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Addiction cover-up.

It all starts with the pain.

There is a sentence that really got me thinking at the time I read it and I often come back to it. “Pain is inevitable, suffering is optional”. To me, it means that pain is an inseparable part of life, however, suffering is something we create and enhance by our way of thinking. Time after time we experience so-called “difficult emotions” that we are unable to cope with finding them overwhelmingly unbearable. The first thing we need to do is to adopt a degree of awareness as often it is difficult to think clearly when we are buried in the thoughts of the worst-case scenario. The ability to stop and recognise that something is not quite right when experiencing really strong difficult emotions can open our eyes to the true nature of what we are experiencing. A few simple questions can start a change in perspective;

Is what I feel at the moment really caused by what I think it is? 

What are my thoughts about it? 

Is it proportional to the experience I am going through? 

What did (the situation that happened) really mean to me?

When things are getting out of control.

It can be really hard, at times, to stop, examine and reflect as we learn how to avoid this scary monster. We tend to distract ourselves rather than face the problem, our fears and anxiety. In an attempt to ‘get on with life’ we numb ourselves to the true pain and effects the problem is presenting us with. We are not all the same and there are no strict timelines to our own healing but awareness is certainly a tool we can adopt to speeding that process along. Looking closer into why the difficult emotions that are let’s face it, an inevitable part of our life, can sometimes feel absolutely hopeless. 

The difficulty begins when we are “so good” at not treating the issue that lies beneath that it becomes a habit itself and adding salt to the wound we adopt very efficient ways of doing so which can lead to addictions of various kinds. We rarely, if ever, hear any stories about people who could not cope and therefore took up crocheting for hours daily, or perhaps fishing and disappearing for days on end indulging in their new hobby. Since those difficult emotions are so strong, the habit, the distraction we tend to go for must be equally as strong, if not more powerful. This is why the abuse of substances is so common and includes food, alcohol, drugs both illegal and prescription. Since it affects both our body and mind, it becomes a really efficient method in keeping the underlining problem at bay. Unfortunately, at the same time it’s wreaking havoc with our health, relationships, work and many more areas of our life. And these are the stories we often hear about.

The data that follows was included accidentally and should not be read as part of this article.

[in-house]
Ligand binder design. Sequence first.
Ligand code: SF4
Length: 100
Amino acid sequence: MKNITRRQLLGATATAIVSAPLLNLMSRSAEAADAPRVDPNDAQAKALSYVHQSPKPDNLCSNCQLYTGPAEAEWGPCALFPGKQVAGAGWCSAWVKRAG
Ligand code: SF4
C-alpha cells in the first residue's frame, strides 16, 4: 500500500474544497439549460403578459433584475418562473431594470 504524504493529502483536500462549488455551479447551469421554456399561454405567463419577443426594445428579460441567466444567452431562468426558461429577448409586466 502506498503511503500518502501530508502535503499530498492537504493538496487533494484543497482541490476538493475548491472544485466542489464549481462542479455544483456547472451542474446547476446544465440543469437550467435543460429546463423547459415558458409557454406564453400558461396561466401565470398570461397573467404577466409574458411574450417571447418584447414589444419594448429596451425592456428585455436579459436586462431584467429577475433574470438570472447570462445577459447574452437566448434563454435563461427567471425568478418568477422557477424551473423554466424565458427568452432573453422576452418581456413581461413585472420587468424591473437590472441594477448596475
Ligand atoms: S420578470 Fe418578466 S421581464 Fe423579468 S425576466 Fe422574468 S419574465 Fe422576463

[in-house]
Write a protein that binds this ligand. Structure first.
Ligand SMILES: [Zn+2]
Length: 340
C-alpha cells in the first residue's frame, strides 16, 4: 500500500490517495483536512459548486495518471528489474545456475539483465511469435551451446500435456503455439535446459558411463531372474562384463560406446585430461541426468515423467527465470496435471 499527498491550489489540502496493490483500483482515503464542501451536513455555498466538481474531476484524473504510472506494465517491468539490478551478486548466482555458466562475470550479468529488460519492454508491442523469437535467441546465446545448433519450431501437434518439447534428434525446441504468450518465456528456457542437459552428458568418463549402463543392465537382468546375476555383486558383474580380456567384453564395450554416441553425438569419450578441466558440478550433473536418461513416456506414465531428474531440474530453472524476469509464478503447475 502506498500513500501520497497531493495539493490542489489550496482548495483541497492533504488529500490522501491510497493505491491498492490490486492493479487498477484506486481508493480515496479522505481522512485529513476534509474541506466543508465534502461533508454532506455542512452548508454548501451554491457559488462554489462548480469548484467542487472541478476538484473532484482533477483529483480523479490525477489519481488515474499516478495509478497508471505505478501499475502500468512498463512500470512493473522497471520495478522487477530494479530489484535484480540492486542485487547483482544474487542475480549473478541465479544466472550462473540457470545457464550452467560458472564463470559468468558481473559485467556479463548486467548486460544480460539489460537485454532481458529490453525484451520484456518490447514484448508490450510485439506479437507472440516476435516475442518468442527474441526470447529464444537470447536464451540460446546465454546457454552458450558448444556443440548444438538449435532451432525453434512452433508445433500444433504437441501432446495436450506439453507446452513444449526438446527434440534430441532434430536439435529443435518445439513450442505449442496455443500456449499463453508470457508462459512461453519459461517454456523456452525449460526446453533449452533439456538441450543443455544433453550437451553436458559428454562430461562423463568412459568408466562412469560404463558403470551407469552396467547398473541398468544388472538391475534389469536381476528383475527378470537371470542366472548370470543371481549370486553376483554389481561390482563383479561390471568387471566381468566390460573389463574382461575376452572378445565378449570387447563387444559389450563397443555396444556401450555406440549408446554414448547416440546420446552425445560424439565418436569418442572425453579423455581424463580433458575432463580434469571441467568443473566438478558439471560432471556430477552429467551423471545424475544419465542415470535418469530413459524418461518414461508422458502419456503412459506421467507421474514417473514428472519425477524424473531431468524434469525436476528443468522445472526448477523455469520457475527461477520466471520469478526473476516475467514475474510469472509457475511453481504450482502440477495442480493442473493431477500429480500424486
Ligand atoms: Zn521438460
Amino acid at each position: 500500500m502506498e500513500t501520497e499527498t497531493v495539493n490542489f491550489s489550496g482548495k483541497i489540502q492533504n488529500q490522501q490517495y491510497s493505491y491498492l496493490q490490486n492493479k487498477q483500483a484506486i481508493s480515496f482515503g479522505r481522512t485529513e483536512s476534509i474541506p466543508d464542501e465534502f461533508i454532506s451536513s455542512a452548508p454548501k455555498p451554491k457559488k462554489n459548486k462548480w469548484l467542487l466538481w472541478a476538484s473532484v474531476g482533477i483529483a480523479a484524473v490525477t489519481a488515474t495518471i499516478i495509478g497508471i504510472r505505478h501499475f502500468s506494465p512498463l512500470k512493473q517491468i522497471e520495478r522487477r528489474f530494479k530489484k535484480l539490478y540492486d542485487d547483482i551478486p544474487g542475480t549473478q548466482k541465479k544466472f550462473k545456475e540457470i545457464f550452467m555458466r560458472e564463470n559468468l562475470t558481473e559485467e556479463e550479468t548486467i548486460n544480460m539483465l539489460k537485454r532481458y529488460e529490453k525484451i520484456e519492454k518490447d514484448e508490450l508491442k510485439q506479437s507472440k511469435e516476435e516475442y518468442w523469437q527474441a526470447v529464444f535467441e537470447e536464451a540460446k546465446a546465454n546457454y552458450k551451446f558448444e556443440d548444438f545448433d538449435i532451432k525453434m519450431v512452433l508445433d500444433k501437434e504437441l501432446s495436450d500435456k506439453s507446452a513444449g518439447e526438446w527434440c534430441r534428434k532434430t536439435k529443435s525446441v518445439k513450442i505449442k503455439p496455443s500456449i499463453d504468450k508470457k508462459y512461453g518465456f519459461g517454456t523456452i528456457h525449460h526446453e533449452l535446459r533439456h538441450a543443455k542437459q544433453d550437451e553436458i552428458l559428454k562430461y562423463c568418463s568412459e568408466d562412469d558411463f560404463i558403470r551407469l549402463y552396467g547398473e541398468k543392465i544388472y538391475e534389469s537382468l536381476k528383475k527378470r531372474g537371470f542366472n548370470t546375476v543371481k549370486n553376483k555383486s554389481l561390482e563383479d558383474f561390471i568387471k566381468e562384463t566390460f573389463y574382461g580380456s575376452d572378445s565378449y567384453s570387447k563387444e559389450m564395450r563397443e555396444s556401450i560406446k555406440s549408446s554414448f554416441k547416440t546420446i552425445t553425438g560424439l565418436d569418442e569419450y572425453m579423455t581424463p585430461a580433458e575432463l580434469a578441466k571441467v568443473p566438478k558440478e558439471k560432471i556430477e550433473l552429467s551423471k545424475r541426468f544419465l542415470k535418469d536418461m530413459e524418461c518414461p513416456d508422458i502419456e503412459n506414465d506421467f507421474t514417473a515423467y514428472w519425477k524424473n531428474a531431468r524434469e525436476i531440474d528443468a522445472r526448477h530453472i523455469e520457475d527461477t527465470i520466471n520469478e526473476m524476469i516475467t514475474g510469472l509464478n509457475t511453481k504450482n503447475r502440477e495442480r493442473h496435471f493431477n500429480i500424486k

Why is the scary monster so scary?

Let’s look into why we can get so overwhelmed by our emotions and why we would prefer enduring long-term suffering instead of just facing the pain and ultimately, healing? Why do we prolong the suffering which is certainly not the easiest to bear rather than the shorter, sharper but more effective method of solving the issue and the pain that goes with it? As someone who is deeply fascinated by how our beliefs affect our behaviour, I must say that, oftentimes the monster is as scary as it is because at some point in our lives it was actually, terrifying. It’s like being a child who doesn’t want to go to bed for fear of the creature lurking in the darkness of the room. The day comes when we grow up and the darkness does not affect us in that way anymore, we do not react to it in the same way as we used to. Sometimes we even feel so lonely that we would gladly invite that creature to join us for a cup of tea, just to have some company. When experiencing the difficult emotions, when finding yourself in the midst of unbearable suffering, it’s necessary to check in with that monster and to realise that even if the monster hasn’t changed, we have changed and we are absolutely equipped to deal with it. Let’s look him in the eye and invite him for a drink or if that’s your vice, a cup of cocoa 😊

We are adults now and not that scared, helpless child so we can do it, you can do it!

It’s never too late.

As Marisa Peer, the founder of Rapid Transformational Therapy says, what you put in is much more important than what you take out. Instead of fixating on fixing the symptom of the problem, we should have a closer look at what we lack in our lives that creates this need to distract, numb ourselves and forces us to fill the void with things that don’t serve us. If we, day by day, keep deciding that we want to make better choices and befriend the monster rather than the repetitively harmful avoidance we are accustomed to, we might find ourselves in a better, calmer reality where the painful emotions still happen but we are able to cope with them and feel great about it. The time is now. 

Want to learn more?

Thank you for taking the time to read my article – if you would like to know more about me, Knot Undone Therapy or RTT you can click here or book your free Discovery Call here. Please feel free to leave your comments below.

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